batik (bətēkˈ) [key], method of decorating fabrics practiced for centuries by the natives of Indonesia. It consists of applying a design to the surface of the cloth by using melted wax. The material is then dipped in cool vegetable dye; the portions protected by the wax do not receive the dye, and when the wax is removed in hot water the previously covered areas display a light pattern on the colored ground. Remains of clothing found in Java indicate that the same or similar patterns have been in use for about 1,000 years and are handed down in families. Certain designs were traditionally reserved for royalty and high officials. Motifs are geometric or are based on conventionalized natural objects. Cotton cloth is generally used, and some silk. Batik was first brought into Europe by Dutch traders. In the 19th cent., Western artisans adopted the art.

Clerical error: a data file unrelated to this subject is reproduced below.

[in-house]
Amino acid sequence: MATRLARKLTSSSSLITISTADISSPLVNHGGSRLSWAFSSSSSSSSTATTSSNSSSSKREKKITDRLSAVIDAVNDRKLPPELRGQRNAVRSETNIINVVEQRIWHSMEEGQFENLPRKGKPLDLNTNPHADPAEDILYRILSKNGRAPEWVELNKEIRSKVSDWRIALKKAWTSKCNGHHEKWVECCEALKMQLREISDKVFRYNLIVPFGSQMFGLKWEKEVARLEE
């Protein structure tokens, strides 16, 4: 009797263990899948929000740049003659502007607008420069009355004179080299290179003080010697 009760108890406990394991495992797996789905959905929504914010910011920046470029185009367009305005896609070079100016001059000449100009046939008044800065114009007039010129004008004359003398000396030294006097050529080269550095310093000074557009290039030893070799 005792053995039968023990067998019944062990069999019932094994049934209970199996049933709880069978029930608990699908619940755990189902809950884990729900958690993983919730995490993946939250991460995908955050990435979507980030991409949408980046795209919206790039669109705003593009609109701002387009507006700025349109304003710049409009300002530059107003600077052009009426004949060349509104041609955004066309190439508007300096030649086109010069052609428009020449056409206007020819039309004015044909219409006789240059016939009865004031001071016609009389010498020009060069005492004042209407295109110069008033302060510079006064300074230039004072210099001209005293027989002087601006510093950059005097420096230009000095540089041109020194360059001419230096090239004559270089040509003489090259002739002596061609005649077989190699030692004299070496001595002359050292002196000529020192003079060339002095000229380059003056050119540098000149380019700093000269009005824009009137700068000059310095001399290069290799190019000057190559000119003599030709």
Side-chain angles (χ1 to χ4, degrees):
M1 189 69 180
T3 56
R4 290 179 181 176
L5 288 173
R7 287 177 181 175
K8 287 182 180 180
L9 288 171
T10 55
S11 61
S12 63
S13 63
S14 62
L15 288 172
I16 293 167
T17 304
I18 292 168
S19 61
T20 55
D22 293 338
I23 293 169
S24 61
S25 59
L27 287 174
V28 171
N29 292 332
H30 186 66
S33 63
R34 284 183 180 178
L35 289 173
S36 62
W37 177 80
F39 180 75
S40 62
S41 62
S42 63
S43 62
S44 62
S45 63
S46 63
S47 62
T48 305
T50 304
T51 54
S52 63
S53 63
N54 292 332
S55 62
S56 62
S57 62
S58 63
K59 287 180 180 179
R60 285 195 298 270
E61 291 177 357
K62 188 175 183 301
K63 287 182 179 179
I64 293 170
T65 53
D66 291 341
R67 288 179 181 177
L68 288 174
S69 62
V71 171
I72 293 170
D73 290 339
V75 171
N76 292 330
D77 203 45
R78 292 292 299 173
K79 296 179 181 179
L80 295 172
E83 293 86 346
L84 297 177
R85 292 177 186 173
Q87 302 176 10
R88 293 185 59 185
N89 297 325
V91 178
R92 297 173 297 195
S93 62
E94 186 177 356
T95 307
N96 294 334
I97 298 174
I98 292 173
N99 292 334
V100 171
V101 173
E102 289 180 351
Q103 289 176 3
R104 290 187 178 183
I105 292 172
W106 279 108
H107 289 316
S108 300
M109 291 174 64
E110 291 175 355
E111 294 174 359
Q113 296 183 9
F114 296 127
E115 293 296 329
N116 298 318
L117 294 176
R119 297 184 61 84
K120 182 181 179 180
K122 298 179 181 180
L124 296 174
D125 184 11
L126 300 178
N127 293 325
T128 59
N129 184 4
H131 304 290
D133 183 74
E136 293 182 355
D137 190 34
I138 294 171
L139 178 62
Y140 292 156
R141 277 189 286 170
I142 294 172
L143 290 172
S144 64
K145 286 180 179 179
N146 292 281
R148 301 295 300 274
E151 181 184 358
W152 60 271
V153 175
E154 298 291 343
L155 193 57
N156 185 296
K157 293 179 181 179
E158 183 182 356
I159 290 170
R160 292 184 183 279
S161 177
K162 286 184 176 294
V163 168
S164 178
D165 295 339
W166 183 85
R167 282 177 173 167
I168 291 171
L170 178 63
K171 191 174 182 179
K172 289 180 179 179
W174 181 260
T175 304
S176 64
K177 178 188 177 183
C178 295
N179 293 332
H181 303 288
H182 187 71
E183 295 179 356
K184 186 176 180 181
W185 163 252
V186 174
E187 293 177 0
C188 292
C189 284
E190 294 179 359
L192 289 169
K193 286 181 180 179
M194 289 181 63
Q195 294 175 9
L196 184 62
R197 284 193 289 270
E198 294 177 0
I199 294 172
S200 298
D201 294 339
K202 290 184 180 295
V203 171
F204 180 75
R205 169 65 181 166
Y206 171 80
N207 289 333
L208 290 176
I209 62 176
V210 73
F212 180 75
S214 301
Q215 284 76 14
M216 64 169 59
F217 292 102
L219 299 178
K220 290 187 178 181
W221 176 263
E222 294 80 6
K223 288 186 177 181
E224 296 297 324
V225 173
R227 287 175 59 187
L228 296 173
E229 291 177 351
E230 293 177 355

The Columbia Electronic Encyclopedia, 6th ed. Copyright © 2012, Columbia University Press. All rights reserved.
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